When Peer-to-Peer Communications Require Mediation from the Edge
There are a few things that disrupt peer-to-peer routing:
- Most significantly, we’ve found that initiating collaboration (a Poll, Whiteboard or PowerPoint presentation) during a peer-to-peer media session (desktop sharing, voice or video) will move the entire session to the Lync Online Edge servers. These collaborative services route via Lync’s Edge because these conferencing facilities belong to the server infrastructure rather than the Lync client. Once this collaborative traffic starts to route via the Edge, everything else goes via the Edge as well, for the duration of that session. To be clear, this means that the entire session routes over the internet, from the moment that a Poll, Whiteboard or PowerPoint data is presented.From my perspective (or rather, from an Office 365 user’s perspective) this isn’t really desirable. It’s perhaps not an enormous issue since the Lync codecs are optimised for the WAN, but it’s still not ideal. I’ve discussed this with a Microsoft TSP and I’ve been told that Lync wasn’t designed to decouple media traffic from the datacenter services in a peer-to-peer session, and there is no facility to re-trigger Candidate Testing once the collaborative sharing is complete. In short, this is just how it works. If this is truly disruptive to users (if internet connectivity is saturated) or the business (perhaps there’s an impact on other services) then the solution would be to consider further investments in connectivity or to move Lync on-premise. But this needs to be put in perspective. The service exists in the cloud, so it’s probably not unreasonable to expect that some traffic will be mediated by the service. Another way of looking at it is that any peer-to-peer communication is a bonus.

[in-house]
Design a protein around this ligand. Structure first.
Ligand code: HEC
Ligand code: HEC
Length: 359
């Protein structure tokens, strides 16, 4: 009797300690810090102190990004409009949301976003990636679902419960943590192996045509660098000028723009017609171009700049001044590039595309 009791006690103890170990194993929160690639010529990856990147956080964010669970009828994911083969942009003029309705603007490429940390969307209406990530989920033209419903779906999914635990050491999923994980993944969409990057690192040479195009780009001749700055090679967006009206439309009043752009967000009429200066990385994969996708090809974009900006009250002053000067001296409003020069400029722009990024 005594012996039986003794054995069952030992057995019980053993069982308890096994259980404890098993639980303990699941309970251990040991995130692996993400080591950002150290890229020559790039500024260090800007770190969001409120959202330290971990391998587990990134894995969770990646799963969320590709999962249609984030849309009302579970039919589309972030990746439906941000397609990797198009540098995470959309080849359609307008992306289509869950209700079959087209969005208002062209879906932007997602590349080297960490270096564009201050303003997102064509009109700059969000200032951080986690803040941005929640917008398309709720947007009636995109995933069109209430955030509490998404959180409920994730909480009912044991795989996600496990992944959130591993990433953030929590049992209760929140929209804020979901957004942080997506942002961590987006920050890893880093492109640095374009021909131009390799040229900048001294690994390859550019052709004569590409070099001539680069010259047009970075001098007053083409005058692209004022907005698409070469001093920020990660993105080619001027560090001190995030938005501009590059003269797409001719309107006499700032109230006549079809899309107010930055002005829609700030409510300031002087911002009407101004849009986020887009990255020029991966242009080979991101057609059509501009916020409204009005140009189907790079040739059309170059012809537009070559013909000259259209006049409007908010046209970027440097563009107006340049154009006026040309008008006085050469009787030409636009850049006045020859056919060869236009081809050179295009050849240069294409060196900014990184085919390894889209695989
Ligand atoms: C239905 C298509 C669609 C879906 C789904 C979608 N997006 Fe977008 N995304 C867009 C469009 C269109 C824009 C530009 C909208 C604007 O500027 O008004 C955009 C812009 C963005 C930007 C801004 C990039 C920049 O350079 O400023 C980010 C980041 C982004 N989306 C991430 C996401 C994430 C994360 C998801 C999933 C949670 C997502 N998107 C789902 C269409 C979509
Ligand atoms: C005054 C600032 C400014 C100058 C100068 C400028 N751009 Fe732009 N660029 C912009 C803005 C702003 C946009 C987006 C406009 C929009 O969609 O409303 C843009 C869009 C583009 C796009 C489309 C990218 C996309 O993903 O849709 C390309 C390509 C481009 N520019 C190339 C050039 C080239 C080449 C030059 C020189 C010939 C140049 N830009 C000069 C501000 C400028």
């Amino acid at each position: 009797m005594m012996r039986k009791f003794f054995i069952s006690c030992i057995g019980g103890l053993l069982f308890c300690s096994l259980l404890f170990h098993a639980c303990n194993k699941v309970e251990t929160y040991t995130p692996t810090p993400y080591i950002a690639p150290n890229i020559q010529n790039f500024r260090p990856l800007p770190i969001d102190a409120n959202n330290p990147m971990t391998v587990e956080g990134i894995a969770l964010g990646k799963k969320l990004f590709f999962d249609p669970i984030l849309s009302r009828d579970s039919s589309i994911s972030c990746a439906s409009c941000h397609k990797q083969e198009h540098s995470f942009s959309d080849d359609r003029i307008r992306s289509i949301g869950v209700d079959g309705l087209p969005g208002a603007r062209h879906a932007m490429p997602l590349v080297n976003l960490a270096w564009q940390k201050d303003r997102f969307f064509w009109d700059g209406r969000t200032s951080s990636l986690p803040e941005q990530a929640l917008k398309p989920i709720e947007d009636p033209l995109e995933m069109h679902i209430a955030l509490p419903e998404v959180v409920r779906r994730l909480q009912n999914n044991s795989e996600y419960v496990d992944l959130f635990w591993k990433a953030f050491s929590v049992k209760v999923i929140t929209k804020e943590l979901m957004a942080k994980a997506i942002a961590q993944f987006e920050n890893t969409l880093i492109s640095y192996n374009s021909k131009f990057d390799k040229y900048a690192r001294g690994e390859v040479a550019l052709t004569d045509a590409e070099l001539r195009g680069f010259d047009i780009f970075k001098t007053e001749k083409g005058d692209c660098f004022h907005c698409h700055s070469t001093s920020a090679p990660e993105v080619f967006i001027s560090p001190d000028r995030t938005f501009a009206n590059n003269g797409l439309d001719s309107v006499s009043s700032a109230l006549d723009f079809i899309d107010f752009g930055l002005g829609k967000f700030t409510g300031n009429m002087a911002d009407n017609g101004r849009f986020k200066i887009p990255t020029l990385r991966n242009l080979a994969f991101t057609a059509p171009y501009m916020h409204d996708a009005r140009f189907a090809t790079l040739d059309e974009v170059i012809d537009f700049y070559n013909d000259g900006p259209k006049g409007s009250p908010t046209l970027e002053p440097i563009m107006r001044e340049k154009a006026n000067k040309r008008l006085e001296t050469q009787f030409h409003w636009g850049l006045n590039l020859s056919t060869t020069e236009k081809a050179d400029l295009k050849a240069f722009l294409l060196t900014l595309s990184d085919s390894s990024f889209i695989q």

- The most obvious way to fundamentally alter the peer-to-peer context is to invite another peer to the session. This immediately requires mediation and all participants will route via the Lync Online Edge servers for the duration of the session. Perhaps less obviously, if the session contracts to two participants, all traffic continues to route via the Edge servers. This is entirely expected, but it helps to get your head around why this is the case. As described above, there is no facility to re-initiate Candidate Testing within a session.